Generating alerts for transformsedit

Kibana alerting features include support for transform health rules, which check the health of continuous transforms with certain conditions. If the conditions of the rule are met, an alert is created and the associated actions run. For example, you can create a rule to check if a continuous transform is started and to notify you in an email if it is not. To learn more about Kibana alerting features, refer to Alerting.

Creating a ruleedit

You can create transform rules under Stack Management > Rules.

  1. On the Create rule window, give a name to the rule and optionally provide tags. Select the transform health rule type:

    Creating a transform health rule
  2. Select the transform or transforms to include. You can also use a special character (*) to apply the rule to all your transforms. Transforms created after the rule are automatically included.
  3. The following health checks are available and enabled by default:

    Transform is not started
    Get alerts when a transform is not started or is not indexing any data. The notification message recommends the necessary actions to solve the error.
    Unhealthy transform
    Get alerts when a transform has an unhealthy status. The notification message contains status details and related issues.
    Selecting health check
  4. Set the check interval, which defines how often to evaluate the rule conditions.
  5. In the advanced options, you can change the number of consecutive runs that must meet the rule conditions before an alert occurs. The default value is 1.

As the last step in the rule creation process, define its actions.

Defining actionsedit

You can add one or more actions to your rule to generate notifications when its conditions are met and when they are no longer met. In particular, this rule type supports:

  • alert summaries
  • actions that run when an issue is detected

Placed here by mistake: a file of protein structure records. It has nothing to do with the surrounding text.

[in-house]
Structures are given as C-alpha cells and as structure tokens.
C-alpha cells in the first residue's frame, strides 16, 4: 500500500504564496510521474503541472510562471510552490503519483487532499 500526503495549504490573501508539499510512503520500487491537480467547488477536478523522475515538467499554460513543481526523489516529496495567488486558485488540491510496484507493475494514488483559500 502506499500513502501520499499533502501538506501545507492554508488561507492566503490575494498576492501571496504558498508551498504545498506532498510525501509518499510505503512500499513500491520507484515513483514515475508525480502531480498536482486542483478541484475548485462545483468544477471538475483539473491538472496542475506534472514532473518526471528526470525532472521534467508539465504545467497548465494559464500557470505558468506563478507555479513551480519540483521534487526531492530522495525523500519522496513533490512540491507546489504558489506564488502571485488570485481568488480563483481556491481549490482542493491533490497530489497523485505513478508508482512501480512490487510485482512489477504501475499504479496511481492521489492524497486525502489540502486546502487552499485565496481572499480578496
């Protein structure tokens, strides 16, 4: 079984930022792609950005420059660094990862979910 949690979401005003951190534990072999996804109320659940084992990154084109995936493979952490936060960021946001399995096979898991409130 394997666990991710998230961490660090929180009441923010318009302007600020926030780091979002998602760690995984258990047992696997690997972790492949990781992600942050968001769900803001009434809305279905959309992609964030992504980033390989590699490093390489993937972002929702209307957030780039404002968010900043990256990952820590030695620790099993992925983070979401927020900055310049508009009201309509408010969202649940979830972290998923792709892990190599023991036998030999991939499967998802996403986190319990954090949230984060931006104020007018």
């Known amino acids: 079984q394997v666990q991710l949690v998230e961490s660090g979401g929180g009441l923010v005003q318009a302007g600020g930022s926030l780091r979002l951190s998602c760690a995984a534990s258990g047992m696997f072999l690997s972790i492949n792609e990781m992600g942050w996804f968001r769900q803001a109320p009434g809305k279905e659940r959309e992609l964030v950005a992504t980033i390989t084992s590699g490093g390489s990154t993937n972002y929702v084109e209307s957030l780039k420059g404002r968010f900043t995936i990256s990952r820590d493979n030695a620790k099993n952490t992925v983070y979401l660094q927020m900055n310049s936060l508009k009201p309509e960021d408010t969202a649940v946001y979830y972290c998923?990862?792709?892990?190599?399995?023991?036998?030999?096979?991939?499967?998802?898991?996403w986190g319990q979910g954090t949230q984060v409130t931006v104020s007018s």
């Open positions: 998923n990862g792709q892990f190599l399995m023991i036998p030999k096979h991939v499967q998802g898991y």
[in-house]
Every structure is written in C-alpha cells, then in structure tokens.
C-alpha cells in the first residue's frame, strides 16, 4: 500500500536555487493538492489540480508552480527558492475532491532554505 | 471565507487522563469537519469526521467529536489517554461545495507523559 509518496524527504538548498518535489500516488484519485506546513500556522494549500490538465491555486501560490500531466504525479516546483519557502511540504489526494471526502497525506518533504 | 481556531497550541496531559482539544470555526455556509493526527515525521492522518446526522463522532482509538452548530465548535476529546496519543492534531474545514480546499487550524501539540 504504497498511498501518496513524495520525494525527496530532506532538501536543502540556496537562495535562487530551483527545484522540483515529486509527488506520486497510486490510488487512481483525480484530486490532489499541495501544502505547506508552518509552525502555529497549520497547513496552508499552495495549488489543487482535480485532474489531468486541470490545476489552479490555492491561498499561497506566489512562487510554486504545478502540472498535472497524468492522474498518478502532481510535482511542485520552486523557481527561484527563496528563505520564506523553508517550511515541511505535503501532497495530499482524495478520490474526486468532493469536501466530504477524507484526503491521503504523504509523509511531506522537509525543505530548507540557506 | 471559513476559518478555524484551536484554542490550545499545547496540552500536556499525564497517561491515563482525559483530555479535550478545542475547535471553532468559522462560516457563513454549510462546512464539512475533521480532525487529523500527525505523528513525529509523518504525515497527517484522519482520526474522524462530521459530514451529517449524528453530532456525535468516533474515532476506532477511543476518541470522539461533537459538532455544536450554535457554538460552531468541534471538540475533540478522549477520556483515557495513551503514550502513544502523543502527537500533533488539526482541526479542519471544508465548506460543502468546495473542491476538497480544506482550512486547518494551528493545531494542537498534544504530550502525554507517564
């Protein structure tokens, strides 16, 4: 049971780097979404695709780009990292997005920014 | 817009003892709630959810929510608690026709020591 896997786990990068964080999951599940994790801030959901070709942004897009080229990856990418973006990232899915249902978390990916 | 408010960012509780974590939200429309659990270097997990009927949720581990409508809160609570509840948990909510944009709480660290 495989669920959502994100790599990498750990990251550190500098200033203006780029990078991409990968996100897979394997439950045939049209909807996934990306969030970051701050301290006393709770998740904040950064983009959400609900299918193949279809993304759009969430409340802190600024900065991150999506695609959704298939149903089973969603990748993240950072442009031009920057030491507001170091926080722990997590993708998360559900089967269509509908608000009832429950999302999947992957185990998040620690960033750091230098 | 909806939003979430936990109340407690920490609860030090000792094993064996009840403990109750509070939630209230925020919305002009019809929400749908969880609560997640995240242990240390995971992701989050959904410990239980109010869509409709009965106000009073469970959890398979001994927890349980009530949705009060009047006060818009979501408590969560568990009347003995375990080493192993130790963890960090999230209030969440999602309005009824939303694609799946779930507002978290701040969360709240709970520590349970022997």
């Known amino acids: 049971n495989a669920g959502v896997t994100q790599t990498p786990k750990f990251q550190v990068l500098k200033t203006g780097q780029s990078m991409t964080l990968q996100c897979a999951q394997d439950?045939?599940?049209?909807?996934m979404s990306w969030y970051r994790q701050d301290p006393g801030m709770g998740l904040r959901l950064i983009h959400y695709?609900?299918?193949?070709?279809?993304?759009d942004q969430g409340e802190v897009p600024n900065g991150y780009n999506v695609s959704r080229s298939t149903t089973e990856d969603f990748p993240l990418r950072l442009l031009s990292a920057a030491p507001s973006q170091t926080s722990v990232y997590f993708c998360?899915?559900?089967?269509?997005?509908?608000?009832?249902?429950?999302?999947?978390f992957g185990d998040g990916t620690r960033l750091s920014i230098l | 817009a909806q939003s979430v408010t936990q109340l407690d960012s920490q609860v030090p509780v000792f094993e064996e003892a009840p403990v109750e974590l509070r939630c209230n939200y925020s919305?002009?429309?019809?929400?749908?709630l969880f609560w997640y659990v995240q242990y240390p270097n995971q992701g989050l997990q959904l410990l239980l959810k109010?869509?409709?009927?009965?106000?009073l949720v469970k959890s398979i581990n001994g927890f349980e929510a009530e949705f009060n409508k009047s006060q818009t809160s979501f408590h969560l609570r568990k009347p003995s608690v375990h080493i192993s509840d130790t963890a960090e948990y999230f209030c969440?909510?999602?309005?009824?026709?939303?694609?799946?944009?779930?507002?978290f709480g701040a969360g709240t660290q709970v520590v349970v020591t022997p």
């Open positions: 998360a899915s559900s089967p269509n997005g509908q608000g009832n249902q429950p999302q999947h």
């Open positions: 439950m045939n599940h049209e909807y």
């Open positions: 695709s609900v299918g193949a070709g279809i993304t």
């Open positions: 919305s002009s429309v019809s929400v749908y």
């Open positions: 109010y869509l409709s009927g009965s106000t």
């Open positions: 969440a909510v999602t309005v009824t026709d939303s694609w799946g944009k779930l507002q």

• recovery actions that run when the rule conditions are no longer met

For each action, you must choose a connector, which provides connection information for a Kibana service or third party integration. For more information about all the supported connectors, go to Connectors.

After you select a connector, you must set the action frequency. You can choose to create a summary of alerts on each check interval or on a custom interval. For example, send notifications that summarize the new, ongoing, and recovered alerts:

Setting action frequency to summary of alerts

If you choose a custom action interval, it cannot be shorter than the rule’s check interval.

Alternatively, you can set the action frequency such that actions run for each alert. Choose how often the action runs (at each check interval, only when the alert status changes, or at a custom action interval). You must also choose an action group, which indicates whether the action runs when the issue is detected or when it is recovered.

You can further refine the conditions under which actions run by specifying that actions only run when they match a KQL query or when an alert occurs within a specific time frame.

There is a set of variables that you can use to customize the notification messages for each action. Click the icon above the message text box to get the list of variables or refer to Action variables.

Selecting action variables

After you save the configurations, the rule appears in the Rules list where you can check its status and see the overview of its configuration information.

The name of an alert is always the same as the transform ID of the associated transform that triggered it. You can mute the notifications for a particular transform on the page of the rule that lists the individual alerts. You can open it via Rules by selecting the rule name.

Action variablesedit

The following variables are specific to the transform health rule type. You can also specify variables common to all rules.

A preconstructed message for the rule. For example: Transform test-1 is not started.

The most recent results, which you can iterate over by using the Mustache template array syntax. For example, the message in an email connector action might contain:

[{{}}] Transform health check result:
  Transform ID: {{transform_id}}
  {{#description}}Transform description: {{description}}
  {{/description}}{{#transform_state}}Transform state: {{transform_state}}
  {{/transform_state}}{{#health_status}}Transform health status: {{health_status}}
  {{/health_status}}{{#issues}}Issue: {{issue}}
  Issue count: {{count}}
  {{#details}}Issue details: {{details}}
  {{/details}}{{#first_occurrence}}First occurrence: {{first_occurrence}}
  {{/issues}}{{#failure_reason}}Failure reason: {{failure_reason}}
  {{/failure_reason}}{{#notification_message}}Notification message: {{notification_message}}
  {{/notification_message}}{{#node_name}}Node name: {{node_name}}
  {{/node_name}}{{#timestamp}}Timestamp: {{timestamp}}

For more examples, refer to Rule action variables.